4. Version Tag Prefix: You can also set a prefix for tagging releases (e.g., v1.0.0).

To use git flow init, you first need to install the Git-Flow extension. This is typically done through a package manager in your operating system. For example, on macOS, you can use Homebrew:

on Ubuntu:

After installing Git-Flow, you can run git flow init inside your Git repository to start using the Git-Flow workflow. The command prompts you to define branch names and other configurations, but you can also accept the default settings which are suitable for most projects.

2. Starting a New Feature

This creates a new feature branch from develop.

3. Completing the Feature

This merges the feature into develop.

4. Starting a Release

This creates a release branch from develop.

5. Completing the Release

This merges the release into master and develop, and tags the release.

6. Hotfixes (If Needed)

This creates a hotfix branch from master, then merges the changes back into both master and develop.

GitHub Flow Example

1. Creating a New Feature Branch

This creates and switches to a new branch from main.

2. Making Changes and Committing

3. Pushing Changes and Creating a Pull Request

After pushing, you'll create a pull request on GitHub's website to merge into main.

4. Review, Merge and Deploy

After the pull request is reviewed and approved, you merge it into main.

5. Pulling the Changes to Local main Branch

This updates your local main branch with the merged changes.

Manually Implementing Git-Flow Without the Git-Flow Command

you do not have to use the git flow command or the Git-Flow extension to follow the Git-Flow workflow. You can manually replicate the Git-Flow process using standard Git commands. The git flow command simply provides convenience by automating some of the branching and merging steps according to the Git-Flow model.

1. Initialize Your Repository

If you haven't already, initialize your Git repository:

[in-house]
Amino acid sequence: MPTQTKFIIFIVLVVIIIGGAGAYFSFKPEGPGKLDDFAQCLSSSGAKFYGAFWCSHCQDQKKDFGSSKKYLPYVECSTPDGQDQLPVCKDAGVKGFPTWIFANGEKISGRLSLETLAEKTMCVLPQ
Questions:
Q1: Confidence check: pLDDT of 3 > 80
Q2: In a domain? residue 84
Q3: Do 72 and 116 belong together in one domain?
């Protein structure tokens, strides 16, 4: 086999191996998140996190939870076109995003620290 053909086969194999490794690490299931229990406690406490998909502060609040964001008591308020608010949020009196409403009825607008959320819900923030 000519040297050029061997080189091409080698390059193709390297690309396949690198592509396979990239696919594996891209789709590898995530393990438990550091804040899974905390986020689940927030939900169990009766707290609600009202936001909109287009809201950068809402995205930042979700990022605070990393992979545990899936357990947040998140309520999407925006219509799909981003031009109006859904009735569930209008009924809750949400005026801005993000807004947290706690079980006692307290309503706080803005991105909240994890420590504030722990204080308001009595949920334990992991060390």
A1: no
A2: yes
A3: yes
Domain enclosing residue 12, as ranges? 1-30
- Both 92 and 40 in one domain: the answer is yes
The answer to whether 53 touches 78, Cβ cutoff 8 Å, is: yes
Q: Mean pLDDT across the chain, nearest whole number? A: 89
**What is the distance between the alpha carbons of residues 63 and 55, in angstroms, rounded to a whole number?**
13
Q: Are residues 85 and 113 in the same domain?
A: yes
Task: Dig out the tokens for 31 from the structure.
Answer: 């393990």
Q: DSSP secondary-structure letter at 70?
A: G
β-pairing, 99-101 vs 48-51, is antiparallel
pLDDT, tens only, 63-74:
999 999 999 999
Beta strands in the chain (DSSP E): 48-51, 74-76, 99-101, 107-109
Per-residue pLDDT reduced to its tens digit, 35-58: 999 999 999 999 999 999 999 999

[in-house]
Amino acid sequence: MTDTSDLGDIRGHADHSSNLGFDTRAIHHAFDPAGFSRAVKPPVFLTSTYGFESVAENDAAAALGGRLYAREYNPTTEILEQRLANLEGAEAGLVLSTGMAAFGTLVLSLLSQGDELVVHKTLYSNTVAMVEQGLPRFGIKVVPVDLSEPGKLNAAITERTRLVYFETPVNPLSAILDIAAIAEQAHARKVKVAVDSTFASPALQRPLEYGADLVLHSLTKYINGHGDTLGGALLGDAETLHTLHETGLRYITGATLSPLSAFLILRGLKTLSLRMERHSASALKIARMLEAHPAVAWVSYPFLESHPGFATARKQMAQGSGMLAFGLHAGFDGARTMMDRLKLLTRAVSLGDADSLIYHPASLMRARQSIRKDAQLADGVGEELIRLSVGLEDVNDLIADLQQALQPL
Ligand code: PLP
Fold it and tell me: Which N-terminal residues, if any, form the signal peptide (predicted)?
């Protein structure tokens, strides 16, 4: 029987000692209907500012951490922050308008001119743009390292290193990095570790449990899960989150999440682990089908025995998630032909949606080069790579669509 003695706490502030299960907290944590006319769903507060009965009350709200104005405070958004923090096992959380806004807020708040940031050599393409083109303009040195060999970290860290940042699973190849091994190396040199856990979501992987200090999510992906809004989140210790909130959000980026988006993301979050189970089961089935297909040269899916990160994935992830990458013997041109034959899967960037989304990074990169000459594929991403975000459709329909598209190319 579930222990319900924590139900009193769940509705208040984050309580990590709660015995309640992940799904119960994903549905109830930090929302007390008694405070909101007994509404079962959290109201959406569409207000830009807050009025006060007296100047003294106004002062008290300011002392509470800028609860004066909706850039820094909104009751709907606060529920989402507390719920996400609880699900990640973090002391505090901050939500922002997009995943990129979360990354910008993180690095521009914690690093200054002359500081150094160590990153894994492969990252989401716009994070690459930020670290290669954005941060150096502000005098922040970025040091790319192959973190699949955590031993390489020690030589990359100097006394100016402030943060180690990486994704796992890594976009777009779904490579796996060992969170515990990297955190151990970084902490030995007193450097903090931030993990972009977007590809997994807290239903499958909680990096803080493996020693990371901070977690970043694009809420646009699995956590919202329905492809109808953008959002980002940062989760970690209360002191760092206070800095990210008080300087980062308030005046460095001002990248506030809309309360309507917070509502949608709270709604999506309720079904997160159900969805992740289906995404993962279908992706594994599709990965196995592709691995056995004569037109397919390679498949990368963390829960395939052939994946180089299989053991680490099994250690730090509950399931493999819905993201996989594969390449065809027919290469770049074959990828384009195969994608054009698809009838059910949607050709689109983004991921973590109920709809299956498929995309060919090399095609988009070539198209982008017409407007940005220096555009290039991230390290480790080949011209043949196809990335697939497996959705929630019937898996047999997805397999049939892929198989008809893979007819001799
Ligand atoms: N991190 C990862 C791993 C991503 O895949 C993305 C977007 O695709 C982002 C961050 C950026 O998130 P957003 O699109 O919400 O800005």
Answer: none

2. Create a Develop Branch

After initializing, create a develop branch from master:

3. Feature Branches

When starting work on a new feature:

Make changes and commit them to this branch. Once the feature is complete, merge it back into develop:

4. Release Branches

When ready to prepare a release:

After final tweaks and commits:

5. Hotfix Branches

If there's a need for a hotfix on master:

After the fix:

Using Git-Flow on GitHub

  1. Push Your Branches: After creating branches locally (like develop, feature branches, etc.), push them to GitHub.

  2. Pull Requests for Features: For each feature branch, open a pull request to merge it into develop. This allows for code review and collaboration.

  3. Releases and Hotfixes: When releasing or creating hotfixes, follow the same branching and merging process. You can also create pull requests for these branches if you want to include code review.

  4. Tags for Releases: When you merge a release into master, tag the commit with the release version. This helps in tracking releases directly on GitHub.

  5. GitHub Actions for CI/CD: You can integrate GitHub Actions to automate your CI/CD pipeline, running tests, and deploying your code when changes are pushed to specific branches like master or develop.

Following Git-Flow manually requires discipline and understanding of the flow, but it's entirely feasible and gives you full control over your Git operations. Whether you choose the automated tool or manual process, the key is consistency in following the workflow.

In summary, Git-Flow is more structured and is well-suited for complex projects with scheduled releases, while GitHub Flow is simpler, encourages continuous deployment, and is more adaptable for smaller or continuous delivery projects.